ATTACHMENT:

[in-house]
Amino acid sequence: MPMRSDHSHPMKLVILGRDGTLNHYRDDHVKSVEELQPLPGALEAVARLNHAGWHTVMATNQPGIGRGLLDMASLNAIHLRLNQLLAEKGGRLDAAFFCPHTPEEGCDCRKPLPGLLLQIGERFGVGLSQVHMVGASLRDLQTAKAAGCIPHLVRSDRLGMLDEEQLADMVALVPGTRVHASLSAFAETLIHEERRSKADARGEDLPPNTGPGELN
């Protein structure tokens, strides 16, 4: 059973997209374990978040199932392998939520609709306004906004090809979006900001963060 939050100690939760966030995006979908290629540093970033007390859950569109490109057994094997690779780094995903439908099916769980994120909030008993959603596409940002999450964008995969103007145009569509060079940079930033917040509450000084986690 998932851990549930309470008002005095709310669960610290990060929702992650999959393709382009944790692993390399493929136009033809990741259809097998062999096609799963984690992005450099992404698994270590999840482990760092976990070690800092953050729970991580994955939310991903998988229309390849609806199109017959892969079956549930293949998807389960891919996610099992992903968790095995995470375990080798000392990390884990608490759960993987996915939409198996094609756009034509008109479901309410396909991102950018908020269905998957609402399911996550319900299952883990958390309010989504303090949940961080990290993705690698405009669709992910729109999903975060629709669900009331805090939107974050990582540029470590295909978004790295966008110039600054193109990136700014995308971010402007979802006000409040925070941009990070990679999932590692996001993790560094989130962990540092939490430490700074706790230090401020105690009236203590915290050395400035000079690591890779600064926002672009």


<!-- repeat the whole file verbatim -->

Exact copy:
[in-house]
Amino acid sequence: MPMRSDHSHPMKLVILGRDGTLNHYRDDHVKSVEELQPLPGALEAVARLNHAGWHTVMATNQPGIGRGLLDMASLNAIHLRLNQLLAEKGGRLDAAFFCPHTPEEGCDCRKPLPGLLLQIGERFGVGLSQVHMVGASLRDLQTAKAAGCIPHLVRSDRLGMLDEEQLADMVALVPGTRVHASLSAFAETLIHEERRSKADARGEDLPPNTGPGELN
């Protein structure tokens, strides 16, 4: 059973997209374990978040199932392998939520609709306004906004090809979006900001963060 939050100690939760966030995006979908290629540093970033007390859950569109490109057994094997690779780094995903439908099916769980994120909030008993959603596409940002999450964008995969103007145009569509060079940079930033917040509450000084986690 998932851990549930309470008002005095709310669960610290990060929702992650999959393709382009944790692993390399493929136009033809990741259809097998062999096609799963984690992005450099992404698994270590999840482990760092976990070690800092953050729970991580994955939310991903998988229309390849609806199109017959892969079956549930293949998807389960891919996610099992992903968790095995995470375990080798000392990390884990608490759960993987996915939409198996094609756009034509008109479901309410396909991102950018908020269905998957609402399911996550319900299952883990958390309010989504303090949940961080990290993705690698405009669709992910729109999903975060629709669900009331805090939107974050990582540029470590295909978004790295966008110039600054193109990136700014995308971010402007979802006000409040925070941009990070990679999932590692996001993790560094989130962990540092939490430490700074706790230090401020105690009236203590915290050395400035000079690591890779600064926002672009």